Mineral Name Corundum Bauxite* Witherite Barite Marble Fluorite Anhydrite Taconite Ilmenite Magnesite Carborundum Cassiterite Hydroxylapatite Fluorapatite Limestone Quartzite

Chemical Formula Al2O3 AlOx(OH)z BaCO3 BaSO4 CaCO3 CaF2 CaSO4 Fe2O3,Fe3O4 FeTiO3 MgCO3 SiC SnO2 Ca5(PO4)3 OH Ca5(PO4)3F CaCO3H2O SiO2

Sun Lab
Sandia National Laboratories, Albuquerque, NM National Renewable Energy Laboratory, Golden CO

Isothermal Tests of Filler Materials

Evaluated candidate materials in nitrate salts at 400 C. Samples were removed at 10, 100, 400 and 1000 hours of exposure. Samples were washed, weighed, and photographed. The salt was analyzed for contaminants. Results indicated the most promising materials were: quartzite, taconite, marble, NM limestone,apatite, corrundum, scheelite, and cassiterite.

SOLAR

THERMAL

ENERGY

Sun Lab
Sandia National Laboratories, Albuquerque, NM National Renewable Energy Laboratory, Golden CO

Thermal Cycling Tests

Evaluated how well materials held up to thermal cycling condition expected in a thermocline system. At least 350 cycles between 290 and 400 deg C were conducted on each sample. Samples tested: taconite, marble, NM limestone, quartzite, and silica sand. Results:
NM Limestone fell apart Marble softened and individual grains appeared to enlarge Taconite pellets held together well. Absorbed some salt in pores Quartzite rock and silica sand held up remarkable well and were selected as filler material for pilot-scale test
THERMAL ENERGY

Cold Tank

Hot Tank

Chamber
Thermal Cycling System

SOLAR

Sun Lab
Sandia National Laboratories, Albuquerque, NM National Renewable Energy Laboratory, Golden CO

Thermocline Test

Evaluate on a larger (pilot-scale) a molten-salt thermocline concept. Fabricated a 6 m tall by 3 m diameter carbon steel tank. Filled tank with a 2:1 mixture of quartzite rock and silica sand to a level of 5.2 m. Sodium nitrate and potassium nitrate were melted and added to tank. A propane heater simulated the heat input from the solar field (via the salt-to-oil heat exchanger). A forced-air cooler simulated heat rejection to the steam generator (through the salt-to-oil exchanger).
SOLAR THERMAL ENERGY

2.9 MW Propane Fired Salt Heater TC

FCV 201

25 ft
Carbon steel cold pump HV 201

HV 101 Stainless steel hot pump


TC

28 ft

22 ft
2.2 MW Salt to Air Cooler
Flow meter

17 ft
FCV 101

14 ft
TC
TC Flow meter

15 ft

3ft 3in

HV 301

7 in

TC

-14 in
Drain sump

Thermocline Storage Tank 10 diameter x 20 high

Sun Lab
Sandia National Laboratories, Albuquerque, NM National Renewable Energy Laboratory, Golden CO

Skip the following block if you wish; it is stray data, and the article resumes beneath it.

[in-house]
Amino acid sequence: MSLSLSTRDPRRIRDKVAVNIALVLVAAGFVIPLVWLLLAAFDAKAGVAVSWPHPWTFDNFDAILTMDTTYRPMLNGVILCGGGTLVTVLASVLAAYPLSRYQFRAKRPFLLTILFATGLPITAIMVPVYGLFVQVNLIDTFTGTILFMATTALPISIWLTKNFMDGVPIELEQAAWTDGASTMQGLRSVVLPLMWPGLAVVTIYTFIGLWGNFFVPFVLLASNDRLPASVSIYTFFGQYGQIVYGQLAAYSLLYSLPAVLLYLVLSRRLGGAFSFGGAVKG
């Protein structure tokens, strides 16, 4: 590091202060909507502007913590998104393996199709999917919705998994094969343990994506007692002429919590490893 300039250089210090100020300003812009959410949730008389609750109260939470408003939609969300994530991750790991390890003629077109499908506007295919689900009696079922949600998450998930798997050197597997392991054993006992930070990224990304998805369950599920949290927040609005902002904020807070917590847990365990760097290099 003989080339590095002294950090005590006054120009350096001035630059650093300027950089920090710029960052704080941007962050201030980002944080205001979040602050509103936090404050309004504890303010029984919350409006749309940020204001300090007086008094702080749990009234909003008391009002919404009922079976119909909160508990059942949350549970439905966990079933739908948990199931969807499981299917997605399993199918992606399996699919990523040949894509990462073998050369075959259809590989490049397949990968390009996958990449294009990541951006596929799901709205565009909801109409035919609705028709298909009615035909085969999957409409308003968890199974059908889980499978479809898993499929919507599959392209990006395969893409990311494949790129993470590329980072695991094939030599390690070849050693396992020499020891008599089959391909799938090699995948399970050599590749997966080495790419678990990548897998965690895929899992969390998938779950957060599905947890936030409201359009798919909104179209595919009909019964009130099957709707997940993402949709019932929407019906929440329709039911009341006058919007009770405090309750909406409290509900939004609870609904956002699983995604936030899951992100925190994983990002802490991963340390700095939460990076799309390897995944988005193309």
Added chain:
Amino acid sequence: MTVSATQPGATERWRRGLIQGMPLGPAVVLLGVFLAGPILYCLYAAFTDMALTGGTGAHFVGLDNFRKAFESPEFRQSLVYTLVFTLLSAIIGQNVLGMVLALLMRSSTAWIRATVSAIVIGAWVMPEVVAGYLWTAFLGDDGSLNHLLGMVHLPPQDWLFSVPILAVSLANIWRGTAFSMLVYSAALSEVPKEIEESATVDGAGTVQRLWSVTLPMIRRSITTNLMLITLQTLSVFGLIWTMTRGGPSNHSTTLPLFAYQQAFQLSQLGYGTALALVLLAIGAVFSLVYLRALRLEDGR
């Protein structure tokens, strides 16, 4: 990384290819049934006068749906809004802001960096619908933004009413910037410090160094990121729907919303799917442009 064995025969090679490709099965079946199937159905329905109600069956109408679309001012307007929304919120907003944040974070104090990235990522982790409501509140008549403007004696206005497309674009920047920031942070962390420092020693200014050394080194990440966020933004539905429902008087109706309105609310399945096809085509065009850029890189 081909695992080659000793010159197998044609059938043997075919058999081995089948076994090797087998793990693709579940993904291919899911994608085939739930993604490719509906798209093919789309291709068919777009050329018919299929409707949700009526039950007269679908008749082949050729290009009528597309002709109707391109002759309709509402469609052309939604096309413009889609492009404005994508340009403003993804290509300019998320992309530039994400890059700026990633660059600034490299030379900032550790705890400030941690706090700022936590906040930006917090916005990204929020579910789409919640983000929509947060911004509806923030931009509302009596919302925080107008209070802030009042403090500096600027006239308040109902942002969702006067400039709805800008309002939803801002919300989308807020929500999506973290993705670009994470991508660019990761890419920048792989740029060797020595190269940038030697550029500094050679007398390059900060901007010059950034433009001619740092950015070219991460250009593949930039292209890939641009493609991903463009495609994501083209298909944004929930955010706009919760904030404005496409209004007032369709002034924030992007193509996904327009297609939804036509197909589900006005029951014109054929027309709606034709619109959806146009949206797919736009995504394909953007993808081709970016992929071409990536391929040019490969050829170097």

Tests Conducted


SOLAR

Verification of heat capacity of system Evaluation of size and shape of thermal gradient Evaluation of change of shape of gradient over time Measurement of heat loss over time
Pilot-Scale Thermocline System
THERMAL ENERGY

Sun Lab
Sandia National Laboratories, Albuquerque, NM National Renewable Energy Laboratory, Golden CO

Thermocline Test Results



6.000 5.000 4.000 3.000 2.000 1.000 0.000 280
SOLAR

Capacity measured to be 2.44 MWh (slightly higher than 2.3 MWh design estimate.) Height of gradient during charging matches modeled profile. Gradient tended to become more tapered after 41 hours, but can still yield useful energy at a reasonable temperature potential. Heat loss was higher than modeled (likely due to heat loss through pump penetrations at the top (which werent modeled.)
7.0

13:30 13:00 12:30 12:00 11:30

6.0 5.0 4.0 3.0 2.0 1.0 0.0 41 hrs 31 21 11 0

300
THERMAL

320
ENERGY

340

360

380

400

280

300

320

340

360

380

400

Bed Temperature, Deg C

Temperature, deg C

Sun Lab

Profile during discharging and stagnant with heat loss

Sandia National Laboratories, Albuquerque, NM National Renewable Energy Laboratory, Golden CO

Economic Analysis for a 688 MWht Two-tank and Thermocline Systems


Component Nitrate Solar Salt, $k Filler Material, $k Tank(s), $k Salt-to-oil Heat Exchanger, $k Total, $k Specific Cost, $/kWh Two-Tank Molten Salt 11800 0 3800 5500 21100 31 Thermocline with Quartzite 3800 2200 2400 5500 13900 20

Thermocline Molten-Salt System is 65% the cost of a Two-tank Molten-Salt System


SOLAR THERMAL ENERGY

Sun Lab
Sandia National Laboratories, Albuquerque, NM National Renewable Energy Laboratory, Golden CO

Summary

A molten salt thermocline system has been


developed that is lower cost than a two-tank molten salt system.

Isothermal and thermal cycling tests showed


that silica sand and quartzite rock as well as taconite were compatible with nitrate salts.

The feasibility of a molten-salt thermocline


system was proven on a pilot scale 2.3 MWh storage system.
SOLAR THERMAL ENERGY

Sun Lab
Sandia National Laboratories, Albuquerque, NM National Renewable Energy Laboratory, Golden CO